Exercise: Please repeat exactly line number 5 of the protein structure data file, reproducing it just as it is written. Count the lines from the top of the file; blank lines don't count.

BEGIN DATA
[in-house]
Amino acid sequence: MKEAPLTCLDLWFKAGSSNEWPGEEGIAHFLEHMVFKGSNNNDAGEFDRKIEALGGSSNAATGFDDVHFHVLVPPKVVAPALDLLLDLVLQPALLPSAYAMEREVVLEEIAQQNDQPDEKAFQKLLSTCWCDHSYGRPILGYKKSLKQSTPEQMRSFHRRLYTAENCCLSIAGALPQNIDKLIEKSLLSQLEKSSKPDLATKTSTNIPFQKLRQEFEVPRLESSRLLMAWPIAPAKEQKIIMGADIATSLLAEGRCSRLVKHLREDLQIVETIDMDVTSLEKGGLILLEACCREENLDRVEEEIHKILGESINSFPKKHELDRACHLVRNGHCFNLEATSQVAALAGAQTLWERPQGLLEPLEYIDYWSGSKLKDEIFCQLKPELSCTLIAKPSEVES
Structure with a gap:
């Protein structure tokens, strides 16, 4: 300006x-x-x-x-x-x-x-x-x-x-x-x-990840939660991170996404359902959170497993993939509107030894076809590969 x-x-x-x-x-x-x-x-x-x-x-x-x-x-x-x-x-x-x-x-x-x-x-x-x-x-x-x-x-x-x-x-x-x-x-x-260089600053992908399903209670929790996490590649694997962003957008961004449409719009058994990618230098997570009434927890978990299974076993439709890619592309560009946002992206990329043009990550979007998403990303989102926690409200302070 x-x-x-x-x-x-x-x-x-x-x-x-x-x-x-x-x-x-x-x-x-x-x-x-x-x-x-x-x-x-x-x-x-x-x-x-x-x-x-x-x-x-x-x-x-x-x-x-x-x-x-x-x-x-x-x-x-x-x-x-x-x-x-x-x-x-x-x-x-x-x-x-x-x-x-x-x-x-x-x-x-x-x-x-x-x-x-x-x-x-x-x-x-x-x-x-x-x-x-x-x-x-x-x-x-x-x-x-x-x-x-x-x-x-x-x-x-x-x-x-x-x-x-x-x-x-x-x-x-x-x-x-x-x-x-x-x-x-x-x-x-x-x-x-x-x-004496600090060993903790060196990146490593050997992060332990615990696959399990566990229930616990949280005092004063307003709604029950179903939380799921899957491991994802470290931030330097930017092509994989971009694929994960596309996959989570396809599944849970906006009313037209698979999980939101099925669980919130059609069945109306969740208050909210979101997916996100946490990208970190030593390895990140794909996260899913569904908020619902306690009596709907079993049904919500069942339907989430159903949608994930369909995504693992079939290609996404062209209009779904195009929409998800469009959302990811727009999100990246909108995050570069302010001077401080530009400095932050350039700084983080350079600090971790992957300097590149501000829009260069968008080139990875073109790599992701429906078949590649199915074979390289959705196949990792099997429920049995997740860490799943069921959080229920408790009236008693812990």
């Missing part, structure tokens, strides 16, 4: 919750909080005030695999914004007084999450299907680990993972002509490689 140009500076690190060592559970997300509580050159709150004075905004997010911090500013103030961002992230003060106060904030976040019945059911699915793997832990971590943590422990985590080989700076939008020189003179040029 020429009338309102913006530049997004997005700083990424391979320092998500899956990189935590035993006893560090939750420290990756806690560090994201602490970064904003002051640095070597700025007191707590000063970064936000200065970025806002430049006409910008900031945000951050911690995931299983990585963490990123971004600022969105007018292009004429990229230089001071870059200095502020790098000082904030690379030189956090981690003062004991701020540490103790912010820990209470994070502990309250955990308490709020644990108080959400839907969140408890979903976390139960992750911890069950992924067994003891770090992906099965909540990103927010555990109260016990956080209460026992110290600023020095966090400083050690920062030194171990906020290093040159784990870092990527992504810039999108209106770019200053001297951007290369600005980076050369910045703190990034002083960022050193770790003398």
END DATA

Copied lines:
């Missing part, structure tokens, strides 16, 4: 919750909080005030695999914004007084999450299907680990993972002509490689 140009500076690190060592559970997300509580050159709150004075905004997010911090500013103030961002992230003060106060904030976040019945059911699915793997832990971590943590422990985590080989700076939008020189003179040029 020429009338309102913006530049997004997005700083990424391979320092998500899956990189935590035993006893560090939750420290990756806690560090994201602490970064904003002051640095070597700025007191707590000063970064936000200065970025806002430049006409910008900031945000951050911690995931299983990585963490990123971004600022969105007018292009004429990229230089001071870059200095502020790098000082904030690379030189956090981690003062004991701020540490103790912010820990209470994070502990309250955990308490709020644990108080959400839907969140408890979903976390139960992750911890069950992924067994003891770090992906099965909540990103927010555990109260016990956080209460026992110290600023020095966090400083050690920062030194171990906020290093040159784990870092990527992504810039999108209106770019200053001297951007290369600005980076050369910045703190990034002083960022050193770790003398």